For Arendt, “who one is” is not a question of one’s intentions or will, of one’s plans, wishes or inner feelings or one’s picture of a real, inner self. It is a question of appearance. And it is a matter of intersubjectivity. The mode in which the “who” shows itself—and, at the same time, eludes the fixation of the “what”—is that of acting and speaking: It is intersubjective interaction. The “who” that appears in this interaction is not a representative, nor a reflection of an already full-fledged substantial “inner self;” as an appearance it “‘expresses’ nothing but itself, that is, it exhibits or displays” (LM 30). Thus, “who one is” unfolds only in the actualization with others. The self is given as self-appearance before others, which, however, does not mean that it is originally individuated by others. From this general, phenomenologically described situation I would like to draw six short theses, which also connect to the topic of integrity in terms of Arendt’s mentioned “‘weakness’ of plurality:”

(1) Thesis of self-appearance-in-togetherness: “Who one is” appears and unfolds only together with others.

(2) Thesis of anarchic appearance; “daimonion”-thesis (cf. HC): What appears is not controllable. It might best be known by others, in spite of ourselves.

(3) Withdrawal-thesis: The appearance of the “who” is at the same time a withdrawal, with respect to propositional and narrative language. In Arendt’s own words:

The manifestation of who the speaker and doer unexchangeably is, though it is plainly visible, retains a curious intangibility that confounds all efforts toward unequivocal verbal expression. The moment we want to say who somebody is, our very vocabulary leads us astray into saying what he is; we get entangled in a description of qualities he necessarily shares with others like him; we begin to describe a type or a ‘character’ in the old meaning of the word, with the result that his specific uniqueness escapes us.” (HC 181)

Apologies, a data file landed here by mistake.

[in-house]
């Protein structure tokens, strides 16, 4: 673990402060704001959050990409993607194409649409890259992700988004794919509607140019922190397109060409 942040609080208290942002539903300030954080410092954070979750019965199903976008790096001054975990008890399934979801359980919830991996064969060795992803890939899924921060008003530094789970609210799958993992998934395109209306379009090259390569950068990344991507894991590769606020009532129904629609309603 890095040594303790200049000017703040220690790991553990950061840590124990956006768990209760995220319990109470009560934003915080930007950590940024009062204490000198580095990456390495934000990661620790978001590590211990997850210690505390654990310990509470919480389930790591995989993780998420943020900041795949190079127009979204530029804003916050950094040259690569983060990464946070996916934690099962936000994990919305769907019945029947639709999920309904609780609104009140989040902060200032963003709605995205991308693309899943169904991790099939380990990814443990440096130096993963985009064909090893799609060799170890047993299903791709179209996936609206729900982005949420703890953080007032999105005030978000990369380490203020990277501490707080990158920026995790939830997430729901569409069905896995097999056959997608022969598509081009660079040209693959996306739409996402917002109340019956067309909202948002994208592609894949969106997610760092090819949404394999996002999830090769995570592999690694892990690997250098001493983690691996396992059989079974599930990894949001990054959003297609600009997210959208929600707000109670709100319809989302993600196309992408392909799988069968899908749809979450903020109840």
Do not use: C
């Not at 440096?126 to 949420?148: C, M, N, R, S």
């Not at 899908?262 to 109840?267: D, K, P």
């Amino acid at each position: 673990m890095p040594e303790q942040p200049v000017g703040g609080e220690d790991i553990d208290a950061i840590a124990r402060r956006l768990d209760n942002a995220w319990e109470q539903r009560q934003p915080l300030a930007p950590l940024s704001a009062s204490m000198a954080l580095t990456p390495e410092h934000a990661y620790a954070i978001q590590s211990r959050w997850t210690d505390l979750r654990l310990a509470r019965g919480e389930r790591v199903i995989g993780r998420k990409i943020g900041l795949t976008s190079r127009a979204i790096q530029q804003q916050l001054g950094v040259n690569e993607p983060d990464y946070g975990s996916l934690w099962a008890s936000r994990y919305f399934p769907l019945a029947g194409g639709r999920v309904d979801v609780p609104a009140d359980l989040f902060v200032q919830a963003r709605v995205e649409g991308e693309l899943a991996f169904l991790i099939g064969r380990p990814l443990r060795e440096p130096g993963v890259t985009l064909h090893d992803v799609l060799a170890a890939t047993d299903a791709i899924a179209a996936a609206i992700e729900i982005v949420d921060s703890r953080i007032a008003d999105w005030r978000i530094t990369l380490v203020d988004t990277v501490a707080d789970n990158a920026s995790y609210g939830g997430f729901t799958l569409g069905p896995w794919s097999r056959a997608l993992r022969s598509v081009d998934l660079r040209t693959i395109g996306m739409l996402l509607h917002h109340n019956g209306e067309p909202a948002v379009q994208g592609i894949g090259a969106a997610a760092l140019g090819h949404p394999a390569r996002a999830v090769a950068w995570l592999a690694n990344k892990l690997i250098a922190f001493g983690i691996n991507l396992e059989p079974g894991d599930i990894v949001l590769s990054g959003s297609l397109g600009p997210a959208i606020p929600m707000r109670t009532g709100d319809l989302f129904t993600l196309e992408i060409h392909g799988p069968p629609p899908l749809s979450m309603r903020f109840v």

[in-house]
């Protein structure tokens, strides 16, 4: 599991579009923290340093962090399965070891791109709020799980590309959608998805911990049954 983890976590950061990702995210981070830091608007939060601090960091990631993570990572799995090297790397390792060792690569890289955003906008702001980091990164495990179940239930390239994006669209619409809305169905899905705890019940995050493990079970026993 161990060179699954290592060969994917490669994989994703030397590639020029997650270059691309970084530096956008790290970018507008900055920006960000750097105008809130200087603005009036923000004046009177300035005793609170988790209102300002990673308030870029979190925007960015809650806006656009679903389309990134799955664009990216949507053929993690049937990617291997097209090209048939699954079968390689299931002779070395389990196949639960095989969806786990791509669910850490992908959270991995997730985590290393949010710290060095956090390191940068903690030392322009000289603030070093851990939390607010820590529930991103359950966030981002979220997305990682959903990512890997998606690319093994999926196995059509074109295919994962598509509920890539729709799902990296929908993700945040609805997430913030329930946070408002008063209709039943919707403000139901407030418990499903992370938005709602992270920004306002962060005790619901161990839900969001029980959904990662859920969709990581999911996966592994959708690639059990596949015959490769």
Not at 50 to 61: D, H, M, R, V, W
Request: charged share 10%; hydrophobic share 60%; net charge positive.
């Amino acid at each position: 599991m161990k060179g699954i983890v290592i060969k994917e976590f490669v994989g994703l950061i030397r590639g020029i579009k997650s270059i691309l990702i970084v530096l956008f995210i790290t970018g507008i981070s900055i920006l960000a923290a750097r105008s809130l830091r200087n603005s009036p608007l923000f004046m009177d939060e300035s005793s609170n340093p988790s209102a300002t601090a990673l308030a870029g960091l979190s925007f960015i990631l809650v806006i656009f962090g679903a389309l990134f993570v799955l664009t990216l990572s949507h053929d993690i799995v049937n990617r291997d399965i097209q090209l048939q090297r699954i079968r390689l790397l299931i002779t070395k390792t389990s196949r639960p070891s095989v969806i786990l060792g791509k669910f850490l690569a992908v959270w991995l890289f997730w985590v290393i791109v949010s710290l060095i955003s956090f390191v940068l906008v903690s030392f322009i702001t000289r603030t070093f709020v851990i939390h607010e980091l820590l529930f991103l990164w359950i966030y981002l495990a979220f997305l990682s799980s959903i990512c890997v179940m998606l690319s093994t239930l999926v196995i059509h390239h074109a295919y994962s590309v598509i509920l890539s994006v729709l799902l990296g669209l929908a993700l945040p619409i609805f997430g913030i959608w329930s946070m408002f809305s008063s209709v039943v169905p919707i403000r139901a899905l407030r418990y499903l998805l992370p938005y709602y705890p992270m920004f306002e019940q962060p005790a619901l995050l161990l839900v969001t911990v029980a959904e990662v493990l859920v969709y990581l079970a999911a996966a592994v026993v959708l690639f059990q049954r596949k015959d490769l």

The “who” is thus no pure positivity, like empirical data; it is an intersubjective event. This is also why it is not reducible to a story. Hence, if we speak of integrity as a personal quality and if we do not want to reduce it to a certain propositional positivity, we should consider the “who” in intersubjective interaction. Arendt’s seemingly paradoxical setup is to be conceived as an interplay of her main notions of “natality” and “plurality:” the “who” is never exhausted in the positivity of appearance (since natality is the inscrutable force of spontaneity), but can only be disclosed as appearance (i.e. through plurality).

(4) Narrativity-thesis: Despite all withdrawal, still speaking and acting leave something behind which can be woven into a story.

(5) Thesis of the “second in-between:” The appearance of the “who” needs a space of appearance. Its medium of appearance is a web of relationships. Through acting and speaking, the “second in-between” (HC 183) qua web of relationships not only emerges but is constantly and necessarily sustained in its existence. The second in-between is thus dependent on the constant actualization of these activities like the acoustic existence of a piece of music is dependent on the musicians playing their instruments. What is created in speaking to one another and acting together is nothing tangible like objects but the intersubjective relation itself: Thus, what Arendt wants to disclose is not the communication of human beings taken as separated psyches that stay trapped with themselves, but the connecting worldly dimension which is created by these activities.

(6) End in itself- and reality thesis: The appearance of the “who” together with others is experienced as a purpose in itself and creates a shared reality.

All of these elements make up conditions of integrity in a world-orientated, Arendtian sense. And like in Alex’ contribution, we can see that this does not at all lead to conceptions of unity and enclosedness, but rather to radical disclosure and interaction as conditions of integrity. Integrity for Arendt, at first glance maybe paradoxically, is the openness of subjectivity, not its seperatedness. Nevertheless we have to ask ourselves what happens to this integrity if such the spaces for interactive integrity are destroyed, menaced of deformed; in “dark times” or simply in “dull times.”

2. Spaces of meaning

Integrity, for Arendt, is a wordly quality and therefore, the quality of a certain space. This is connected to the question of conditions of appearance. I take Arendt to be an author who is very aware of these conditions and modi of appearance that can allow as well deform appearance.